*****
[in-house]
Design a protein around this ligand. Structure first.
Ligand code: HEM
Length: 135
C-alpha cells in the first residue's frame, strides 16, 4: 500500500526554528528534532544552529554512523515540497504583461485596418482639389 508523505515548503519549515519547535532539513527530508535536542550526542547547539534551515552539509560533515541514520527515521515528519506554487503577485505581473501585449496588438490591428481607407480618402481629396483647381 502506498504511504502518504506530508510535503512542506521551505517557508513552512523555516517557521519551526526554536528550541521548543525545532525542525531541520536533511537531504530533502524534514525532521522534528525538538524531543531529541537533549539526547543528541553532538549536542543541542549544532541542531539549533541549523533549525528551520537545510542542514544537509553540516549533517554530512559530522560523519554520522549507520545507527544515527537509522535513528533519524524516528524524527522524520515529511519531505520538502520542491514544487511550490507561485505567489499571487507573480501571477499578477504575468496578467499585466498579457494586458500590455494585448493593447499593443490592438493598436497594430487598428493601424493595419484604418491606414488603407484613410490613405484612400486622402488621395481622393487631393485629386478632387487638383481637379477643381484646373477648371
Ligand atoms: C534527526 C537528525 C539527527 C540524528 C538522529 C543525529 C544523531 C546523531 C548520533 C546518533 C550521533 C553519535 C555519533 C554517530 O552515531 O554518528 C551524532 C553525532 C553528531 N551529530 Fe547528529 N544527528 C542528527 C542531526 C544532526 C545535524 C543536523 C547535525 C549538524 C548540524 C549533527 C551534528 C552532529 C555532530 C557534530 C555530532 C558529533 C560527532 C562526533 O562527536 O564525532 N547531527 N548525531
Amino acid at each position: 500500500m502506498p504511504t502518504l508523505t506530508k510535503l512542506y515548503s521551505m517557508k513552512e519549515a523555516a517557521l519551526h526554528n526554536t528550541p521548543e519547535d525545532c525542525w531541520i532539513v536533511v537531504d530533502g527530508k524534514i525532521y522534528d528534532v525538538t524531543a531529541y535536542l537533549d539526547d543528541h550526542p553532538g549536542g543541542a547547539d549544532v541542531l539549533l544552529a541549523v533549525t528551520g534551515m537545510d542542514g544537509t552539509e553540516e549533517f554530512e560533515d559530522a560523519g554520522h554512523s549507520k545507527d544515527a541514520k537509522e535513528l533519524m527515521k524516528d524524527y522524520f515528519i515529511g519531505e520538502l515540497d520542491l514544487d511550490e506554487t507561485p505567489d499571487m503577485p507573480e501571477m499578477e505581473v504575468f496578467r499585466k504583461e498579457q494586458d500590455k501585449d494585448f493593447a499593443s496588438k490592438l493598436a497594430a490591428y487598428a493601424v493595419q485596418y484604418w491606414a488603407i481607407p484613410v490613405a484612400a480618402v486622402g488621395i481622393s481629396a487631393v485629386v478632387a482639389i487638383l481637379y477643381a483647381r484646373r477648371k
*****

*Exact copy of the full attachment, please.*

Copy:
[in-house]
Design a protein around this ligand. Structure first.
Ligand code: HEM
Length: 135
C-alpha cells in the first residue's frame, strides 16, 4: 500500500526554528528534532544552529554512523515540497504583461485596418482639389 508523505515548503519549515519547535532539513527530508535536542550526542547547539534551515552539509560533515541514520527515521515528519506554487503577485505581473501585449496588438490591428481607407480618402481629396483647381 502506498504511504502518504506530508510535503512542506521551505517557508513552512523555516517557521519551526526554536528550541521548543525545532525542525531541520536533511537531504530533502524534514525532521522534528525538538524531543531529541537533549539526547543528541553532538549536542543541542549544532541542531539549533541549523533549525528551520537545510542542514544537509553540516549533517554530512559530522560523519554520522549507520545507527544515527537509522535513528533519524524516528524524527522524520515529511519531505520538502520542491514544487511550490507561485505567489499571487507573480501571477499578477504575468496578467499585466498579457494586458500590455494585448493593447499593443490592438493598436497594430487598428493601424493595419484604418491606414488603407484613410490613405484612400486622402488621395481622393487631393485629386478632387487638383481637379477643381484646373477648371
Ligand atoms: C534527526 C537528525 C539527527 C540524528 C538522529 C543525529 C544523531 C546523531 C548520533 C546518533 C550521533 C553519535 C555519533 C554517530 O552515531 O554518528 C551524532 C553525532 C553528531 N551529530 Fe547528529 N544527528 C542528527 C542531526 C544532526 C545535524 C543536523 C547535525 C549538524 C548540524 C549533527 C551534528 C552532529 C555532530 C557534530 C555530532 C558529533 C560527532 C562526533 O562527536 O564525532 N547531527 N548525531
Amino acid at each position: 500500500m502506498p504511504t502518504l508523505t506530508k510535503l512542506y515548503s521551505m517557508k513552512e519549515a523555516a517557521l519551526h526554528n526554536t528550541p521548543e519547535d525545532c525542525w531541520i532539513v536533511v537531504d530533502g527530508k524534514i525532521y522534528d528534532v525538538t524531543a531529541y535536542l537533549d539526547d543528541h550526542p553532538g549536542g543541542a547547539d549544532v541542531l539549533l544552529a541549523v533549525t528551520g534551515m537545510d542542514g544537509t552539509e553540516e549533517f554530512e560533515d559530522a560523519g554520522h554512523s549507520k545507527d544515527a541514520k537509522e535513528l533519524m527515521k524516528d524524527y522524520f515528519i515529511g519531505e520538502l515540497d520542491l514544487d511550490e506554487t507561485p505567489d499571487m503577485p507573480e501571477m499578477e505581473v504575468f496578467r499585466k504583461e498579457q494586458d500590455k501585449d494585448f493593447a499593443s496588438k490592438l493598436a497594430a490591428y487598428a493601424v493595419q485596418y484604418w491606414a488603407i481607407p484613410v490613405a484612400a480618402v486622402g488621395i481622393s481629396a487631393v485629386v478632387a482639389i487638383l481637379y477643381a483647381r484646373r477648371k